I originally titled this “Gifting Dignity – The End of a Journey”. Really, the journey continues through the memories of her and the similarities I see of her in her grandchildren and great-granddaughters.
I don’t remember a beginning of the end of my mother’s earthly journey, we had watched out for each other for so long, it wove into the fabric we shared. She had a good run for someone who had survived a death sentence several times throughout her 83 years.
I will begin at the point mom was diagnosed with Congestive Heart Failure (CHF). Seventy-eight with a few heart attacks under her belt, as well as diabetes. I accompanied her to her first visit with a cardiologist. His response to my mother’s concerns were “What do you expect, you’re old”. She had no response. He clearly had no knowledge of gifting dignity.
What ensued over the next five years were visits with doctors, taking pills, shots, x-rays, hospital stays. Physically she slowed, but her mind was as quick as ever. We went to movies and shopping in Portland, which would include a visit with her best friend while I went off to do more shopping! Lunch every Friday at the local Chinese restaurant. She continued to bake goodies; the gallon of Thanksgiving gravy. Cookies were plentiful; biscuits were epic. She puttered in her vegetable and flower gardens or would sit in the lawn chair by the water and watch the loons and other wildlife.
I suppose the last year had the most effect on me. Mom became weaker. Less the mother I remembered as I became more of her. My transition to caretaker setting in. The passing of the baton from mother to daughter. Yet, as much as possible, she remained in control of her destiny. She stopped driving at night, giving the dignity of not having to force her to stop, and to herself of knowing when to quit. “I don’t care if I kill myself”, she would say, “but I will not be responsible for killing someone else, if I can help it”. Eventually, she gave up driving during the day.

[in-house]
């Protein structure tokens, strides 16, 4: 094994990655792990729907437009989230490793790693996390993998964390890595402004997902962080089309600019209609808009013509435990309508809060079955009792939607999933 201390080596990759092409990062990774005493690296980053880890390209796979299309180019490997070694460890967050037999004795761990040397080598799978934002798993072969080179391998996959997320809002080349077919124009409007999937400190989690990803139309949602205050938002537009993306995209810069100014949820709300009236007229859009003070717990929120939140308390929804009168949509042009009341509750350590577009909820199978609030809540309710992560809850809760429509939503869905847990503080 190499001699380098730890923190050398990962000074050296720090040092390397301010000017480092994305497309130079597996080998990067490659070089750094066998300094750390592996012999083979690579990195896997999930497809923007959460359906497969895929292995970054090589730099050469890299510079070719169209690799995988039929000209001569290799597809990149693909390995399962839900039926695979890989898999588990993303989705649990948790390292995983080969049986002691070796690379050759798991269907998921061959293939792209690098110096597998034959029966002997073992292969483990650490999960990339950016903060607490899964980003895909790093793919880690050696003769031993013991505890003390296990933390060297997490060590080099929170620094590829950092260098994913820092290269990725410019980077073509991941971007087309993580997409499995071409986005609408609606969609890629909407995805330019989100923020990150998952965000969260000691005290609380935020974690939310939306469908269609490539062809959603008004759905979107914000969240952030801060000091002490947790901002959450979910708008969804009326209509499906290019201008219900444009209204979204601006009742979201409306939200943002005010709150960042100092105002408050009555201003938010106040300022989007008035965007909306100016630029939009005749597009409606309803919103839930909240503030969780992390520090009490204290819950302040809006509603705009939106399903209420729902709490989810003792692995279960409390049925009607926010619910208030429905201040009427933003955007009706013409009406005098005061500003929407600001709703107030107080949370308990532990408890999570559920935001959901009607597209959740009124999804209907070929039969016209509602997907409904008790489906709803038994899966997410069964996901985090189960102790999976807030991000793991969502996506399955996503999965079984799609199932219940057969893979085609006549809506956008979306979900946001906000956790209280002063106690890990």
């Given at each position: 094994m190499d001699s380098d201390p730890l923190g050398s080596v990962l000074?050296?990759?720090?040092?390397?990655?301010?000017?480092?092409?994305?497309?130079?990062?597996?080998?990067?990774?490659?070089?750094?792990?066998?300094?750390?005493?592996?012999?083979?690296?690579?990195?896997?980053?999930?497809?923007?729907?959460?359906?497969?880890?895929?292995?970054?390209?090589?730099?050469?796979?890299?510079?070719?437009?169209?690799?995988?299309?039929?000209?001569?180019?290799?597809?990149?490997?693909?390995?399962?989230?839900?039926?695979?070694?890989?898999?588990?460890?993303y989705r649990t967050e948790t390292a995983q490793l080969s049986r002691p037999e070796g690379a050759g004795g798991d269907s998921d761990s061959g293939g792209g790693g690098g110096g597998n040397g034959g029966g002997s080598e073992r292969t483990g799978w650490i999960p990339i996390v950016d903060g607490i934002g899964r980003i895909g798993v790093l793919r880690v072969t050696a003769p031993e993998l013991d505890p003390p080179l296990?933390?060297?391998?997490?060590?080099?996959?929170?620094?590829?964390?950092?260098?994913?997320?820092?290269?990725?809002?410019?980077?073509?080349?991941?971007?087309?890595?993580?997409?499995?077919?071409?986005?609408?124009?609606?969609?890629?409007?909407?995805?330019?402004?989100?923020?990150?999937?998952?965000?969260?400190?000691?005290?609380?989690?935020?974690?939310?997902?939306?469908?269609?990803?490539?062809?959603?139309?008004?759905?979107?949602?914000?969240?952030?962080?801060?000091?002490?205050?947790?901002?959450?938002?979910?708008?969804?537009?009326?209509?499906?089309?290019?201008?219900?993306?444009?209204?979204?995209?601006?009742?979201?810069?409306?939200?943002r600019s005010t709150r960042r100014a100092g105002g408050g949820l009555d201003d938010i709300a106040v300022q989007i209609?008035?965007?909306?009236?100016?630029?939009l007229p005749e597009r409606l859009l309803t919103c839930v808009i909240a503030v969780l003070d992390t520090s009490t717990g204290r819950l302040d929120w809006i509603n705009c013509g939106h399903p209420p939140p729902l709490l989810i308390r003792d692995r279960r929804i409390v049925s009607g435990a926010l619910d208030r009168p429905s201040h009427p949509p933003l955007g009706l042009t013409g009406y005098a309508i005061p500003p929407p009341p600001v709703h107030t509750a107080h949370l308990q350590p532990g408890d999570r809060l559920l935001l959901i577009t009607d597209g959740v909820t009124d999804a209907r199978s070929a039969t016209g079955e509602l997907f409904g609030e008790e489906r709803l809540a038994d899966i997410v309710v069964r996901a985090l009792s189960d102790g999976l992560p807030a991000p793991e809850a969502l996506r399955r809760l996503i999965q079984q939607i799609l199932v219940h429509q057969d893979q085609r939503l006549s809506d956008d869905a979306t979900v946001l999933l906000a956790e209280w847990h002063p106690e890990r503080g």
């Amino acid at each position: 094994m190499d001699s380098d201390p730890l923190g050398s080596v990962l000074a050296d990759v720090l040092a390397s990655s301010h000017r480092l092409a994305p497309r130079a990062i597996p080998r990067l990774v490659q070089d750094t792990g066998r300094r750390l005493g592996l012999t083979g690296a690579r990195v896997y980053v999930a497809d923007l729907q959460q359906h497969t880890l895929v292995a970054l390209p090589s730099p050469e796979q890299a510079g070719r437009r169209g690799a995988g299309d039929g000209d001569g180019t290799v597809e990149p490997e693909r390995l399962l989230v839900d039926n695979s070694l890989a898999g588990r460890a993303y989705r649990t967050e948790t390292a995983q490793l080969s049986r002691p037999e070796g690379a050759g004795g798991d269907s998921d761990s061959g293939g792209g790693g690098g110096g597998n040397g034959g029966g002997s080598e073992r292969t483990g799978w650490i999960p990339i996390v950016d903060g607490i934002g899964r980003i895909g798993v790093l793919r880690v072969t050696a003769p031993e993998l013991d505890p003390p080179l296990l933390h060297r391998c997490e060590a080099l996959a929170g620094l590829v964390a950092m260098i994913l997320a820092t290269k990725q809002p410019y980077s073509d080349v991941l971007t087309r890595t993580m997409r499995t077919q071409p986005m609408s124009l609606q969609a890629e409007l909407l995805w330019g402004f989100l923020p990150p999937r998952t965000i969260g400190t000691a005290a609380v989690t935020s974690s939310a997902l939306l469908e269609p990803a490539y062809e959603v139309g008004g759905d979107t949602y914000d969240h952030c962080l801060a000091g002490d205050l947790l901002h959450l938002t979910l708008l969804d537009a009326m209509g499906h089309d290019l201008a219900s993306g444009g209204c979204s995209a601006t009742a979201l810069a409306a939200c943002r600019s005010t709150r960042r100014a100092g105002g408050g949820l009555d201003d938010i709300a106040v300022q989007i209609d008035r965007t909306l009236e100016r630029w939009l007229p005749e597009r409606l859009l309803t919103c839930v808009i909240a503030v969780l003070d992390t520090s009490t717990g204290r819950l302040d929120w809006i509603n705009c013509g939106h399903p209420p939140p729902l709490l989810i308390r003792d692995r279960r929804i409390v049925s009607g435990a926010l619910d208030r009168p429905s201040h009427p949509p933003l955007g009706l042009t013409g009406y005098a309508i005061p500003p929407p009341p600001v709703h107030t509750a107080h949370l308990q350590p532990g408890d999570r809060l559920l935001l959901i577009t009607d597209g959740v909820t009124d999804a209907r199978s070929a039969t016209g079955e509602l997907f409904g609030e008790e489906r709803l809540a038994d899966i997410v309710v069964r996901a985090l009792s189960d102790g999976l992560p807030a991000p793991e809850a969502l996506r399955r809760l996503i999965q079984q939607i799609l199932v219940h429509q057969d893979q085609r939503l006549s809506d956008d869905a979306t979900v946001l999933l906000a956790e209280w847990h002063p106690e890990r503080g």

Then there was the vacation we planned. A respite my family needed. My mother was in the hospital with pneumonia. Her doctor insisted I go. My friends and former co-workers at the hospital pushed me to go. So we went. And so we were called back, not 24 hours into our stay. “It’s likely you won’t make it back in time”. We did. Her first words as I stood by her bedside were “I am so loved. What did I do to deserve this care?” Her humility, I think, was one her greatest strengths.
My mother was not a great communicator. Not that she didn’t communicate, but she selectively retailed her communion with society; her thoughts; feelings and aspirations.
Sundays she would call her mother. Randomly she would call her sister-in-law. Every day she would make calls to check on a couple of older friends.
Online social media would not appeal to mom. She didn’t approve of e-mail. She wanted to hear someone’s voice or touch the words they wrote. Florence was her best friend for 78 years. When I saw them together in their later years, their age would fall away and you could picture them as young girls in partnership with life.
Overall, I believe my mother’s selective communication and reluctance to share her personal life was a reflection of her humility. She didn’t think anyone would be interested in her hopes, dreams and ambitions. Indeed, it was not until nearing the end of her journey when she shared them and stories of her growing up was I fully aware she had any. She was perhaps, the most selfless, humble and compassionate woman I have ever known. The first to bring a casserole.